Here's Exactly How I Lost 50 Pounds Doing The Keto Diet

Here's Exactly How I Lost 50 Pounds Doing The Keto Diet

Of all the places to seek life-changing nutrition advice, I never thought the barber shop would be where I found it. But one day last January, after a couple years of saying to myself, "today's the day I make a change," my barber schooled me on something called keto. Normally, I take things he says with a grain of salt unless they're about hair or owning a business, but this guy could literally be on the cover of Men's Health. He's 6 feet tall, conventionally attractive, and his arms are about five pull-ups away from tearing through his t-shirt. If anyone else had implied that I was looking rough, I would've walked out in a fit of rage, but I decided to hear him out. I should clarify that I was out of shape, but my case wasn't that severe. I hadn't exercised in a few years and basically ate whatever I wanted and however much of it, but I was only about 30 to 40 pounds overweight. My barber went on to explain that this diet, paired with an appropriate exercise routine, allowed him to completely transform his body in less than a year, and all he ate was fatty foods. Once he showed me his "before" picture, I was sold. It was time to actually make a change. Short for ketogenic, keto is a high-fat, moderate protein, low-carb diet that forces your metabolism into what's called a state of ketosis. There's a much more scientific explanation to that, but it basically means that instead of burning carbohydrates (mainly glucose, or sugars), your body switches to burning fat as a primary source for energy. Keto isn't necessarily about counting calories, though the basic idea of eating less in order to lose weight still applies. This is more of a calculated way to rewire your metabolism so that it burns fat more efficiently over time, using very specific levels of each macronutrient Continue reading >>

How To Lose Weight On A Keto Diet In 5 Easy Steps (+ 4 Real-life Examples)

How To Lose Weight On A Keto Diet In 5 Easy Steps (+ 4 Real-life Examples)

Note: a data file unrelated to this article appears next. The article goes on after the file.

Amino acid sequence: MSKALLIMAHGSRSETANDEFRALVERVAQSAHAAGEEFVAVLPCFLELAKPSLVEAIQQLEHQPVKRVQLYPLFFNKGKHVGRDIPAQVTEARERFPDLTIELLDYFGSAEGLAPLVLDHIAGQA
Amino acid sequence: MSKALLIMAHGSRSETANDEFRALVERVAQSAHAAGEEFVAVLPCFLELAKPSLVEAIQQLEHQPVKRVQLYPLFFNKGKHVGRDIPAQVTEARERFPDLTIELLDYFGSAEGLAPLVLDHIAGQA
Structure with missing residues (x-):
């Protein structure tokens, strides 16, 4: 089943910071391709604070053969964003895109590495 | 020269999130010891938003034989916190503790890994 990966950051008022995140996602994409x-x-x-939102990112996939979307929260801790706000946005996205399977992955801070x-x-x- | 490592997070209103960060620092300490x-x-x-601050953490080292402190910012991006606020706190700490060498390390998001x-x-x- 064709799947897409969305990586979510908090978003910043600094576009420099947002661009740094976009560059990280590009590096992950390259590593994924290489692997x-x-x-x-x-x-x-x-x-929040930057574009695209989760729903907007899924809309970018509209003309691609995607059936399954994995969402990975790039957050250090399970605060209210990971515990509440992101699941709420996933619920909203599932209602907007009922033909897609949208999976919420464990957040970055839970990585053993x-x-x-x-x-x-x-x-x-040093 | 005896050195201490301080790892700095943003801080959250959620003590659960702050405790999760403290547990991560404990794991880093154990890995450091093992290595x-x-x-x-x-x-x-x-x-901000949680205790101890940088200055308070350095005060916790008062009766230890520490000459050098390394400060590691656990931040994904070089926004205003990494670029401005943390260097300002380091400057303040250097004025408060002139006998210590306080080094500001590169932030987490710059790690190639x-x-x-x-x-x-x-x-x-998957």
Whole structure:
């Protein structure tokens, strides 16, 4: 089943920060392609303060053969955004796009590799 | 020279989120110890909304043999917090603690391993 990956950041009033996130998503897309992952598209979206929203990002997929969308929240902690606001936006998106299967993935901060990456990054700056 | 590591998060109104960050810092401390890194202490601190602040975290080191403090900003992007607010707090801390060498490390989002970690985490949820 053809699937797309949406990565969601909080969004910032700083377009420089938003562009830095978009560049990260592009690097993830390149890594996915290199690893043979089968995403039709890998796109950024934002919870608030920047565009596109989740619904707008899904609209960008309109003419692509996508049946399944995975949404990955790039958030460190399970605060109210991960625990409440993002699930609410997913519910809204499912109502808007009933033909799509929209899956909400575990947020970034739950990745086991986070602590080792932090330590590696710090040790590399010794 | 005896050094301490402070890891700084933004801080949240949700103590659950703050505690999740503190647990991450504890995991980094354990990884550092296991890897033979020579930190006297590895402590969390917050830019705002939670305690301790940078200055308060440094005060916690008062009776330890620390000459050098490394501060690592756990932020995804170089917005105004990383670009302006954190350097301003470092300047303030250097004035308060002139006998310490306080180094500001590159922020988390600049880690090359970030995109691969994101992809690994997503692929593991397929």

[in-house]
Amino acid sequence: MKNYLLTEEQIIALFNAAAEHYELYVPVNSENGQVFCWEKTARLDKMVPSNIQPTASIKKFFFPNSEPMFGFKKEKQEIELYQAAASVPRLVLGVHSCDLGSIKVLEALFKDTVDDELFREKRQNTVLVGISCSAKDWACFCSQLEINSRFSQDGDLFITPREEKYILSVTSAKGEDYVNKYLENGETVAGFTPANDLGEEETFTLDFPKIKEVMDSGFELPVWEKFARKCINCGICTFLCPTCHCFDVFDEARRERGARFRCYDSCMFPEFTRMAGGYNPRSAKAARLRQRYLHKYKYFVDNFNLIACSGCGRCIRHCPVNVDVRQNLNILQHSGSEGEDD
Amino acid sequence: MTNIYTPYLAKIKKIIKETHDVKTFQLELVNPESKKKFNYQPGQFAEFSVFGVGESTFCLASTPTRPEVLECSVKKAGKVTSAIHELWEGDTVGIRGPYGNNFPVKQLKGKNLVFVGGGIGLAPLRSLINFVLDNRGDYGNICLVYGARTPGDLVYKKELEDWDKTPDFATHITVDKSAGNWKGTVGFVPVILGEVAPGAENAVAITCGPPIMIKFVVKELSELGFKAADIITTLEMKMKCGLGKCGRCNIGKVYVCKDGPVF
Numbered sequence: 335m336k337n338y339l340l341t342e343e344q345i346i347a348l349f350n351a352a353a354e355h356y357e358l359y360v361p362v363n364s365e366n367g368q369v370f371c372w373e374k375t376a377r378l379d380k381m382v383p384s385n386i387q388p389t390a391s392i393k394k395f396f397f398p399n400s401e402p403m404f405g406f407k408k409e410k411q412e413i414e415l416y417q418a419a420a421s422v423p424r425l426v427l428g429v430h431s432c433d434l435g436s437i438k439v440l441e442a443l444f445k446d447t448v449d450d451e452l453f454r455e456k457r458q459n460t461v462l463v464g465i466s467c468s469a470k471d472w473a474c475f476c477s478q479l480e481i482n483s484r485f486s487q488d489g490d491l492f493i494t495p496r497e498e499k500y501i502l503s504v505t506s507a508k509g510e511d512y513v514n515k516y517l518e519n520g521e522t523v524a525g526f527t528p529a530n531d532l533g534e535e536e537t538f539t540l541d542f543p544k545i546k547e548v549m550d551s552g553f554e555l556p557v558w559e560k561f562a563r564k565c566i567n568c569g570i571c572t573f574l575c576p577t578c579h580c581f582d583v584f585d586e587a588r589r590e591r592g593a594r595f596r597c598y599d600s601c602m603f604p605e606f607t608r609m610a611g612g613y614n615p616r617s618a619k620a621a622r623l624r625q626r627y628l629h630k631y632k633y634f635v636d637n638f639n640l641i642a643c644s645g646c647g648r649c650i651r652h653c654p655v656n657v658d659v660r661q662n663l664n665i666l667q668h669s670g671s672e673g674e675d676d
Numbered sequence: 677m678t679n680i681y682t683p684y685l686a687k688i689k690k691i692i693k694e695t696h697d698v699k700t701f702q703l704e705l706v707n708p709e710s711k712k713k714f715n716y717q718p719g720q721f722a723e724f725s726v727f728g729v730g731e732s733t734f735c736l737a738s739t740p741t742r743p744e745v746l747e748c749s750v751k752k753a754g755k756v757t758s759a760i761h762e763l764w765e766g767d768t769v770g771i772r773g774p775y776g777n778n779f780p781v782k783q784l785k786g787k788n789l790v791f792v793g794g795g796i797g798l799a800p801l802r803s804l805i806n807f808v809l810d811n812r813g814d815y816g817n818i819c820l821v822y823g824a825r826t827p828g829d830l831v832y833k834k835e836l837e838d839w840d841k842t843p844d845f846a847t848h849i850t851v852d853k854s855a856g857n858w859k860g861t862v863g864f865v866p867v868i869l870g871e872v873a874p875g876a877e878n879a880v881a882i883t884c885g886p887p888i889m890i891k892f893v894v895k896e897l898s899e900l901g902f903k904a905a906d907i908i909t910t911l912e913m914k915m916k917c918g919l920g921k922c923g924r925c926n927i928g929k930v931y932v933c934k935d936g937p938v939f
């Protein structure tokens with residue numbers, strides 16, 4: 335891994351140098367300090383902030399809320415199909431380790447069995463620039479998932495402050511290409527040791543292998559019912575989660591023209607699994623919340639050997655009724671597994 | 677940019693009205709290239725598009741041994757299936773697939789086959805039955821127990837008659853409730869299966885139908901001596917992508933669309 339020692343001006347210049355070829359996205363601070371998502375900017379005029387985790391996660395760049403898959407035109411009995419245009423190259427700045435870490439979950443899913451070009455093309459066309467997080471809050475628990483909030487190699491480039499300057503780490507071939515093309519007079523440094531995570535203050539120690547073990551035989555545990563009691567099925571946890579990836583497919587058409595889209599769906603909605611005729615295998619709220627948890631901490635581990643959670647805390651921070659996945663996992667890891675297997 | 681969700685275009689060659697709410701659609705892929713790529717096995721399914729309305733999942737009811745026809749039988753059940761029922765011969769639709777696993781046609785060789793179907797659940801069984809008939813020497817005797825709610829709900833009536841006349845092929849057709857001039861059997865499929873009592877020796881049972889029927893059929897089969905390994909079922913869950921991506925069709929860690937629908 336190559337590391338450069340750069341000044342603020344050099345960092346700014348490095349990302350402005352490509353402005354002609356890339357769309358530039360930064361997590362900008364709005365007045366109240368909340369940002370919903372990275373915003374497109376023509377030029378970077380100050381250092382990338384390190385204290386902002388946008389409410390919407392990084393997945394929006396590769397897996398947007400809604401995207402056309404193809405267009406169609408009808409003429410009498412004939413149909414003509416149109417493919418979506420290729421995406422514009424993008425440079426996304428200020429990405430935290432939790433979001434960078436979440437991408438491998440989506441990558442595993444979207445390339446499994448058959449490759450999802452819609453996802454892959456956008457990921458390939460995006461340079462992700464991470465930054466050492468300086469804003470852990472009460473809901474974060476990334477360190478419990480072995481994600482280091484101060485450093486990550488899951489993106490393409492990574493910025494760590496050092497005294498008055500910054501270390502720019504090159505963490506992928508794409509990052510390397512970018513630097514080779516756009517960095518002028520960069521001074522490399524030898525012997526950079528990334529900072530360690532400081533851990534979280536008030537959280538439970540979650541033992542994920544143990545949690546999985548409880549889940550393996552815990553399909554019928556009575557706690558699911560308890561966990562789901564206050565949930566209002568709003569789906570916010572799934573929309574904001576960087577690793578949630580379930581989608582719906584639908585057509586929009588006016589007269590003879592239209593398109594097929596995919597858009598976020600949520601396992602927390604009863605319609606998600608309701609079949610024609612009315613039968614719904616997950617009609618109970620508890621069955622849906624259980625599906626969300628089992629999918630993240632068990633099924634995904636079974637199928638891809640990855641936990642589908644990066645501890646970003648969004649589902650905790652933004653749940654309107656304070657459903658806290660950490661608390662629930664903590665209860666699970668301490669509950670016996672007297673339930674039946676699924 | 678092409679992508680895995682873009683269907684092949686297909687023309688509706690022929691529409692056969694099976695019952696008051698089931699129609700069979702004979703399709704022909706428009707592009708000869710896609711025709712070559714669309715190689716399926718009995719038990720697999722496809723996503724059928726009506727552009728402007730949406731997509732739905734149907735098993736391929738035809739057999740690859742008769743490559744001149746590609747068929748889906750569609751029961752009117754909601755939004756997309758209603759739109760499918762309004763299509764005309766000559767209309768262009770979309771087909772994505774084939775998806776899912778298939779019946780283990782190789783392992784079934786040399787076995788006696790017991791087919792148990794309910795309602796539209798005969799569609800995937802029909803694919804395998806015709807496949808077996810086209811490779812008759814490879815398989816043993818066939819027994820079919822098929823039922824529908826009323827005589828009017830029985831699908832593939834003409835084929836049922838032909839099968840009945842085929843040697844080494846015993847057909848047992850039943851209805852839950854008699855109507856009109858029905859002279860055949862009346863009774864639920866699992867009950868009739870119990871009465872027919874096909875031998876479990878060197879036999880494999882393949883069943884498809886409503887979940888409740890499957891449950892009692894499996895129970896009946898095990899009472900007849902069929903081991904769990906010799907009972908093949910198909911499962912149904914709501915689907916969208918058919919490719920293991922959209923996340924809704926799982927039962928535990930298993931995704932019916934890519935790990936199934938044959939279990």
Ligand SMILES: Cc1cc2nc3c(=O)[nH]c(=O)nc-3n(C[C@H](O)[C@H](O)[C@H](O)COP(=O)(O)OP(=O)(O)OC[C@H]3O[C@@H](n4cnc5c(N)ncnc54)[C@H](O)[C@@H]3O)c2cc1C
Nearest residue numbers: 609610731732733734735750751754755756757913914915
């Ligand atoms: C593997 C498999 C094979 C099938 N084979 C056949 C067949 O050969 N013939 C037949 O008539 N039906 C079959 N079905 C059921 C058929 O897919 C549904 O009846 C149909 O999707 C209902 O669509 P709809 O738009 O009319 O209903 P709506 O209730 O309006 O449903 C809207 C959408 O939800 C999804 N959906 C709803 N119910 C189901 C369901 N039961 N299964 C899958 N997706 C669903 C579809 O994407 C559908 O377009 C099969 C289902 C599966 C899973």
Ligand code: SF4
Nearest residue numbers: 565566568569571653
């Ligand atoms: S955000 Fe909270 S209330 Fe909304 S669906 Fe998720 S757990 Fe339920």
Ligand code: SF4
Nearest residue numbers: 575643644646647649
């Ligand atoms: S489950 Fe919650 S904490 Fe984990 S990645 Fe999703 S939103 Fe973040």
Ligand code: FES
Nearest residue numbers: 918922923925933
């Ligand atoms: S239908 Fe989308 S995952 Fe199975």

CLEARLY the “eat less”, “eat low fat”, and “just eat everything in moderation” diets haven’t worked too well for most people. So, if you’re still trying to lose weight and keep it off, then maybe it’s time to try something that’s working for tens of thousands of people right now… The Ketogenic Diet. But is it all too good to be true? Yes, we believe Keto is fantastic for weight loss. We’ve just seen it work for way too many people (check out the success stories below). But it’s also not for everyone. So, in this post, we are giving you the real facts behind all the hype as well as real-life stories of people who have lost a lot of weight on Keto. PLUS, how to get started on Keto to lose weight in 5 EASY Steps. What is the Ketogenic Diet? THE HISTORY: Originally the Ketogenic diet was created as an effective treatment for epileptic children. BUT NOW: More and more people are finding that a Ketogenic diet has tons of benefits, including: a healthy way to lose weight, control blood sugar levels, improve your brain function, and potentially even reverse a myriad of health conditions. How does keto do this? The Keto diet puts your body into a powerful fat-burning metabolic state called nutritional ketosis. NUTRITIONAL KETOSIS: In nutritional ketosis, your body generally uses very few carbohydrates for energy. Instead, it switches to using ketones (which are produced from the breakdown of fats). That’s why the keto diet is often called a fat-burning diet… You can literally be burning your own body fat for energy! (It’s still unclear whether ketosis is the magical factor that makes a Keto diet so effective for weight-loss, but whatever it is, it seems to work!) So, how do we get into this nutritional ketosis state? You can get into nutritional k Continue reading >>